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Where: Tetrahedron Provincial Park is located on the Sunshine Coast north of Sechelt. The maps below show the area and the trails in greater detail. Tetrahedron Peak is the tallest peak on the Sunshine Coast and towers above the other high peaks in the park; Panther and Steele.

The Cabins: There are four backcountry cabins in the park, built and maintained by a local ski club. They are available on a first-come-first-serve basis and the fees are by donation. Three of the cabins are located near lakes: Edwards Lake, McNair Lake and Bachelor Lake, while the fourth cabin is situated high on Mt. Steele, just below the peak. They are all spacious and comfortable, with a loft for sleeping. They are rustic, wood stove only and the sink empties into a bucket which you have to empty. No electricity, no running water. The Bachelor Lake cabin is quite run-down, probably mainly because it is the closest to access.

Area Map: Two maps of slightly different scale off the BC Parks site which I spliced together so you can see the relation to Vancouver.
Trail Map: The green line is the route we took. From the Parking lot we hiked in via Gilbert Lake past Edwards Lake, over Chapman Lake (via dinghy) to the cabin above McNair Lake. The dotted route is our day hike up Panther Peak. On the return we hiked back to Edwards Lake via the shores along Chapman and up Mt. Steele to the Cabin. We passed by Mayne and Bachelor Lakes on the return to take in all the cabins and lakes.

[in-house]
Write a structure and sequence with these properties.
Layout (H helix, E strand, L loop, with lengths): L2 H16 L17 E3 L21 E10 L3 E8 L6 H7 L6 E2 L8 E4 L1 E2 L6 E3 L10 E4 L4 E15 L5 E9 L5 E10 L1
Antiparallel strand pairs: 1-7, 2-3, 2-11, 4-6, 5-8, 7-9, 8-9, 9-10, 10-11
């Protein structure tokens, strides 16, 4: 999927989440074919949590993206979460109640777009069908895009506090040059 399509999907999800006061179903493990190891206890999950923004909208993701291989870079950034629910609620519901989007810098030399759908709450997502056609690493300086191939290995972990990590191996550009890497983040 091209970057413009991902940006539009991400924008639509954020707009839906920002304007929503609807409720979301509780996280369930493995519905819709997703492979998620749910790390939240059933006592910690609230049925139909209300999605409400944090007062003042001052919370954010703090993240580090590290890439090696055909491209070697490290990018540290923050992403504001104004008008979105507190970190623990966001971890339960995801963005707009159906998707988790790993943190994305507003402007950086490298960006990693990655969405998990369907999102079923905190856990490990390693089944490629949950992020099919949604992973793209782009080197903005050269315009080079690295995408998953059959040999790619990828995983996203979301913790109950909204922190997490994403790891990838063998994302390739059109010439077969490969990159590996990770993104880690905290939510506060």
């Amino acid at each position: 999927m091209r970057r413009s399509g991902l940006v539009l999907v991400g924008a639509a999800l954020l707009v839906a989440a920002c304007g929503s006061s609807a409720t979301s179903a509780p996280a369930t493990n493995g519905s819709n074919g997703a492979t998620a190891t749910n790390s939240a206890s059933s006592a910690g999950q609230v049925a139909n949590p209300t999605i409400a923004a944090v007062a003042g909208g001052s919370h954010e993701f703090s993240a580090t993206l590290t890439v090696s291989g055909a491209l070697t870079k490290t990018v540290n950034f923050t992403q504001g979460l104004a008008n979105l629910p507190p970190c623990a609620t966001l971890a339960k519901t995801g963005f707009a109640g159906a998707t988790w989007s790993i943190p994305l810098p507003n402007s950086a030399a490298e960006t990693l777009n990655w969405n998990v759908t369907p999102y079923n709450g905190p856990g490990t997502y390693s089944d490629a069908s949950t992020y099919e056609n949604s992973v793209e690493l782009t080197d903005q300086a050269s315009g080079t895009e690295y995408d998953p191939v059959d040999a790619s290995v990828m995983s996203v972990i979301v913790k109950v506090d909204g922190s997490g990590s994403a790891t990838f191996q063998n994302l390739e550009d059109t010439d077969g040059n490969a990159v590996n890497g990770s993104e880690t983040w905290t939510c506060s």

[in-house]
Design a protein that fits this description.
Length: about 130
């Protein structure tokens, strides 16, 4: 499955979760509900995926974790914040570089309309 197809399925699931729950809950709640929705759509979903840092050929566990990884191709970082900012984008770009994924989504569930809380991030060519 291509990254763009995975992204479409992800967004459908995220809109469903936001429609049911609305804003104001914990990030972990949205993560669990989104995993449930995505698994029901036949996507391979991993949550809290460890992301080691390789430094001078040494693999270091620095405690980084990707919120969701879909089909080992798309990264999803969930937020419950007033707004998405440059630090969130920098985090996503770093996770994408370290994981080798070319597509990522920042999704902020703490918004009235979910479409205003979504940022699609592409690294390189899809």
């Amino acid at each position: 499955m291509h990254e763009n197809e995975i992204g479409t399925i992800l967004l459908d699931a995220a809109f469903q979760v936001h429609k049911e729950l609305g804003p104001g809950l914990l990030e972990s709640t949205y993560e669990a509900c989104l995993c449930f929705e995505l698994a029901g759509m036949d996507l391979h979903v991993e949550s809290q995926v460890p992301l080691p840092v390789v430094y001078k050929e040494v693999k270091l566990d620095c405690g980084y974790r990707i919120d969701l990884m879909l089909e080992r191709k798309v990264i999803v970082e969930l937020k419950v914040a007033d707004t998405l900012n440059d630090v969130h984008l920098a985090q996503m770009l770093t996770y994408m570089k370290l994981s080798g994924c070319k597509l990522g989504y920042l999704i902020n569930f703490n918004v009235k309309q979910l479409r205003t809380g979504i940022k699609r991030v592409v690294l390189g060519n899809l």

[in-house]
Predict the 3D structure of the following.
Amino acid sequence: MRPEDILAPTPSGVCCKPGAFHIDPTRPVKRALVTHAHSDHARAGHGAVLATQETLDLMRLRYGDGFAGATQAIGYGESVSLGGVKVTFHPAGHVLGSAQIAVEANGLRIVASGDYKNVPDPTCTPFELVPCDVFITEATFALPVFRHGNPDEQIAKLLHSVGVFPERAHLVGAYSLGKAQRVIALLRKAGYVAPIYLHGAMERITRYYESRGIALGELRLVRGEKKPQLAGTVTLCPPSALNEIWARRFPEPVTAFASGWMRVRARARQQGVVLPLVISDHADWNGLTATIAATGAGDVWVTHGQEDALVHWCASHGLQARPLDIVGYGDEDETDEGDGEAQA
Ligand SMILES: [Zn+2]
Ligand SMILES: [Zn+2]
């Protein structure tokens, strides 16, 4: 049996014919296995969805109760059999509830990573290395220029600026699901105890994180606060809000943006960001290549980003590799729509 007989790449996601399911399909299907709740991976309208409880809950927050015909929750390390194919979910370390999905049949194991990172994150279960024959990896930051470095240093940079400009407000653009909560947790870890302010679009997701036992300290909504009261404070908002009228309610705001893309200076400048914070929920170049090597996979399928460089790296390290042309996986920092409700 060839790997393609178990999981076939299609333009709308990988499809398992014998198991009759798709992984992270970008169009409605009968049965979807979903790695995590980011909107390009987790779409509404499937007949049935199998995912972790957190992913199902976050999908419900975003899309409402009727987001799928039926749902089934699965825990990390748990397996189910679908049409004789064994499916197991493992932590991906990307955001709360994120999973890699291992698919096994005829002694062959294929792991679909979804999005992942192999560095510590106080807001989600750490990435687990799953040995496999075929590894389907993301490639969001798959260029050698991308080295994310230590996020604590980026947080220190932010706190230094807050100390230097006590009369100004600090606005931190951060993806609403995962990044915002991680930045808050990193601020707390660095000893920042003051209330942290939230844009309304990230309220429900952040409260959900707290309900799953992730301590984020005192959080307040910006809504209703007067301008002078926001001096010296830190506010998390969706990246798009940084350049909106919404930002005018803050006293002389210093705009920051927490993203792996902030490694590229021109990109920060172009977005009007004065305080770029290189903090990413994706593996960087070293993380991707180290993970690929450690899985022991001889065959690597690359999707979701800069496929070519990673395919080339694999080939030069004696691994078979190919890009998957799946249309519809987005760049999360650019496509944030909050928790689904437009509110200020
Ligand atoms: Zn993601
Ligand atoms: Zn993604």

Day 1: Trail Head to McNair Lake

We awoke at 6am to a warm, sunny morning, a four-day adventure on the Sunshine Coast lying ahead of us. We caught the 7:20 ferry and arrived at Langdale just after 8am. There was a 10 minute delay to the crossing as crews performed a mandatory safety drill of launching a rescue boat. A large, grey zodiac was lowered into the water carrying two survival-suit clad men who, once on the water, promptly raced off out of site while the ferry continued on to Langdale, only a few minutes away.